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Talent retention top concern for HRDs during recovery

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HR directors must aim to get the most out of talented employees in the future because of shrinking job tenures, a human capital expert has warned.

Ernst & Young (EY) human capital partner Stuart Steele said the demand for highly experienced, skilled talent had “never been fiercer”, after the company’s Independent Treasury Economic Model (ITEM) Club published data suggesting UK unemployment would reach the Monetary Policy Committee’s (MPC) threshold two years earlier than expected.

Despite forecasting that an improving economy would result in a surge in demand for labour, EY suggested wages would not grow in line with job growth.

It called on the MPC to urgently supplement the forward guidance threshold to include positive growth in real wages alongside a lower threshold for unemployment.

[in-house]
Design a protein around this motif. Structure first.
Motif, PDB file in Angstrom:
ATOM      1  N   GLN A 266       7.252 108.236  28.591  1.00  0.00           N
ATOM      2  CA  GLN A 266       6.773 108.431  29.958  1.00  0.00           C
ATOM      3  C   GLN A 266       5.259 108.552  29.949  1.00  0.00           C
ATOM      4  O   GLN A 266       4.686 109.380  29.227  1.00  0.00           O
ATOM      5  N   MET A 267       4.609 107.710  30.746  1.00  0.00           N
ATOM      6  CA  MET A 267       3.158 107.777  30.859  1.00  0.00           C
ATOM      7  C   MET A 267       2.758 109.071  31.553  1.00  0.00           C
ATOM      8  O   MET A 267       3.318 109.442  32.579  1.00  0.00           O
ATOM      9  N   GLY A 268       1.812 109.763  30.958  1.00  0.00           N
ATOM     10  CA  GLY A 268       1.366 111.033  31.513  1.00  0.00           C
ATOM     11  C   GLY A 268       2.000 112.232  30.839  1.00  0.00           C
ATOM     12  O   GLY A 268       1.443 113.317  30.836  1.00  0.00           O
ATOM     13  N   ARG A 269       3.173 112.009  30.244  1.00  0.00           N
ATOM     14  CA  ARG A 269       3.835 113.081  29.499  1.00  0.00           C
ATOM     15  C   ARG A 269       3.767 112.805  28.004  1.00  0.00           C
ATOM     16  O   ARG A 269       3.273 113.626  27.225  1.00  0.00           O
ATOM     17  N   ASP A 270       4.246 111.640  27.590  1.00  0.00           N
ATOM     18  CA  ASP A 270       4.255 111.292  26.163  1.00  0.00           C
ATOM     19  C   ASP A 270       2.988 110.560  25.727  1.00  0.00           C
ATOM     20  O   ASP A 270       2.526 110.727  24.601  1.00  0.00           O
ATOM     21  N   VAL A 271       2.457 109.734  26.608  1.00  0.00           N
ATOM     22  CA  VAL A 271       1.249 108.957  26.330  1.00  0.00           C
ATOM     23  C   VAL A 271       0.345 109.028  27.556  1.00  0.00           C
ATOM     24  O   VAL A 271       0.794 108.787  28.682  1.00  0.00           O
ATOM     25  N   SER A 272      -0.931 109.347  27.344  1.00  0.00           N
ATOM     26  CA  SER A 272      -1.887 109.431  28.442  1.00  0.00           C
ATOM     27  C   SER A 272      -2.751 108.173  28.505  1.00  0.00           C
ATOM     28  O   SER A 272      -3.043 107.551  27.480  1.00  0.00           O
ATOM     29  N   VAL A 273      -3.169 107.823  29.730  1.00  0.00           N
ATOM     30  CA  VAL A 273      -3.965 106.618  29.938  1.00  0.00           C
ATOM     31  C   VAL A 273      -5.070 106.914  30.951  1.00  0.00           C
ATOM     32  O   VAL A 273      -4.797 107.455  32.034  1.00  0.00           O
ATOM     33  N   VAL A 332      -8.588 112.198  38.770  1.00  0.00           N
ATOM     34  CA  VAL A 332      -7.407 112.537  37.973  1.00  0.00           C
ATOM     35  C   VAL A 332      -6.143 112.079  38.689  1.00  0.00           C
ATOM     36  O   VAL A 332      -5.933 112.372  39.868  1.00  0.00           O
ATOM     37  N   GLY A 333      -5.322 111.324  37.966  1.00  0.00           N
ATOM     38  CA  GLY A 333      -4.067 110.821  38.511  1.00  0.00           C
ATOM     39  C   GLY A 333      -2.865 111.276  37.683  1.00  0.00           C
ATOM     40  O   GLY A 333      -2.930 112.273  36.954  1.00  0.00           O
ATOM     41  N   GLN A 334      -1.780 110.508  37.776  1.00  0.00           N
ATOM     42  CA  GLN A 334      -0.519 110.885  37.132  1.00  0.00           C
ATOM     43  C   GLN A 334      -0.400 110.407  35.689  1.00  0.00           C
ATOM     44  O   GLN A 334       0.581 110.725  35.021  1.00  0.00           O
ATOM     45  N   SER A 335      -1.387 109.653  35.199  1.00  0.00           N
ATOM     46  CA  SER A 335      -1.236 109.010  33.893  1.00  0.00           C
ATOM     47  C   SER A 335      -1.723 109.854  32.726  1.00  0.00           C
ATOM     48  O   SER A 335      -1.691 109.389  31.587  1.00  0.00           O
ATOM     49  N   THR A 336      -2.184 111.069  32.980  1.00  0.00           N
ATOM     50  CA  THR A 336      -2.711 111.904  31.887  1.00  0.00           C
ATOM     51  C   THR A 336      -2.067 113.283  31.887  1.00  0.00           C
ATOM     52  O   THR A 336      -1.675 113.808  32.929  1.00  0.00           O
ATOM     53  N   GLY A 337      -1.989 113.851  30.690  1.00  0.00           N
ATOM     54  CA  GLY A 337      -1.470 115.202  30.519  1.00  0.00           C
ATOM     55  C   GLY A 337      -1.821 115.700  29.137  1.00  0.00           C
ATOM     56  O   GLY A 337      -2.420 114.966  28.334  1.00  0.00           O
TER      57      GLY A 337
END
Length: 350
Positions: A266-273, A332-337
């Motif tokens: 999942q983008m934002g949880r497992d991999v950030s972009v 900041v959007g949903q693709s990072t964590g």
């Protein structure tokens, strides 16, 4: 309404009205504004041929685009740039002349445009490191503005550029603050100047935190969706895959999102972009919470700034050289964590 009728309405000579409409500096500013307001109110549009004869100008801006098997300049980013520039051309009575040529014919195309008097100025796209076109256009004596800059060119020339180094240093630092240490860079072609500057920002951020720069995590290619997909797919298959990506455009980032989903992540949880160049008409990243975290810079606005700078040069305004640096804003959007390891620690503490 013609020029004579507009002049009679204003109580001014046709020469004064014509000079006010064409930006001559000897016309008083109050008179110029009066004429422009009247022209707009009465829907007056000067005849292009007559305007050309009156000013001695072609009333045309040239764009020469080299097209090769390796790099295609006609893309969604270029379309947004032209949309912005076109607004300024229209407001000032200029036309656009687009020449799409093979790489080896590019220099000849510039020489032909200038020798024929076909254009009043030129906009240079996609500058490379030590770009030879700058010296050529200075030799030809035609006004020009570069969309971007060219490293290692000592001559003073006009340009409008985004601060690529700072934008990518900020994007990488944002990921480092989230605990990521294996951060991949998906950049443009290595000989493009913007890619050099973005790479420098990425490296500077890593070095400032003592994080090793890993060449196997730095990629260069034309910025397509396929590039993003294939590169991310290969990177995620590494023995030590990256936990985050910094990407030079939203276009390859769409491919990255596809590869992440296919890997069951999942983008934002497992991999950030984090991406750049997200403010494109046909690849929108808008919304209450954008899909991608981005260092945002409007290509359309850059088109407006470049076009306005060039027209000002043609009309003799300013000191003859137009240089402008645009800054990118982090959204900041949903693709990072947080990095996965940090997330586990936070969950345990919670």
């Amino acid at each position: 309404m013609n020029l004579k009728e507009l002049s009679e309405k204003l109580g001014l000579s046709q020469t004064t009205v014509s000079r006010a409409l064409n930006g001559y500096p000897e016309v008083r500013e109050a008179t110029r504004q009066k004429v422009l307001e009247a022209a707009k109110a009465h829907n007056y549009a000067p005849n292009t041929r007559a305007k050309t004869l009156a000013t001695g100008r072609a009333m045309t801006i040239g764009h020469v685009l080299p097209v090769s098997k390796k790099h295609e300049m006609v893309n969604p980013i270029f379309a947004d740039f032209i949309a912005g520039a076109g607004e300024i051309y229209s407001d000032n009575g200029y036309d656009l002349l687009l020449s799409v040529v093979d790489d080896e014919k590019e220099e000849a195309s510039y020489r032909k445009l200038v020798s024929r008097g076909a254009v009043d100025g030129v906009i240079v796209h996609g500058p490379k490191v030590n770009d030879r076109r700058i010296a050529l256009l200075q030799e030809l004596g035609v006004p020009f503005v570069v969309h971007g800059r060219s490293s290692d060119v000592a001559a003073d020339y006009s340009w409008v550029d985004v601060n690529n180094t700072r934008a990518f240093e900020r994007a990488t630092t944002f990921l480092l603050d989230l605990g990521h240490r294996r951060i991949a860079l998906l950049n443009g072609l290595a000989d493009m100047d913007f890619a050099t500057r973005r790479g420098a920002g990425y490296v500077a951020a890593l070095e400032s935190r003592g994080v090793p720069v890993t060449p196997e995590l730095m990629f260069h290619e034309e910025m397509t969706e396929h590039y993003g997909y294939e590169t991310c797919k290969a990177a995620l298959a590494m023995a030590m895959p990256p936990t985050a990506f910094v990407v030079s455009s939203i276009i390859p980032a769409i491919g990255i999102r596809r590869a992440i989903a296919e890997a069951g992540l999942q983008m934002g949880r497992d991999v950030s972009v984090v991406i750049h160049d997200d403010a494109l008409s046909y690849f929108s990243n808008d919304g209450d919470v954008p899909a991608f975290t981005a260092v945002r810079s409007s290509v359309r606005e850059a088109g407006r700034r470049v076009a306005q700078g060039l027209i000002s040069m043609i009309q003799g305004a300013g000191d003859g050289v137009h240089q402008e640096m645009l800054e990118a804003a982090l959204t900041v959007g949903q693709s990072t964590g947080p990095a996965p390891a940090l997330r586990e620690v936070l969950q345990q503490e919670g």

Steele warned that HR directors needed to build talent strategies to accommodate an increasingly flexible workforce.

“The labour market is far more mobile than it was even 10 years ago, with employees more willing to change careers and location. A job for life has become, for many, a thing of the past,” Steele said.

“We are seeing some companies building talent strategies that factor in high levels of staff tenure, with the expectation that employees may only stay for three to five years.

“The challenge for the HR director is to ensure that the organisation gets the best out of their people within their relatively short tenure. In these cases, the quality of the development experiences on offer can become more important, or at least equally important, as the remuneration packages on offer."

Unemployment to fall

The EY ITEM Club’s winter forecast suggested unemployment would fall below 7% in the first half of 2014.

However, it warned the workforce was likely to suffer weak growth in earnings, with wages set to grow by 1.8% this year, 2.7% in 2015 and 3.5% in 2016.  

EY ITEM Club chief economic advisor Peter Spencer described the weakness of real earnings as “the Government’s Achilles heel” and warned it could “prove to be the weak spot in the recovery”.

“Consumers have reduced the amount they save to fund their spending sprees. But they cannot continue to drive growth for much longer without an accompanying recovery in real wages or a rise in their debt to income ratio,” he said.

The ITEM Club forecasts are based on the HM Treasury’s model of the UK economy.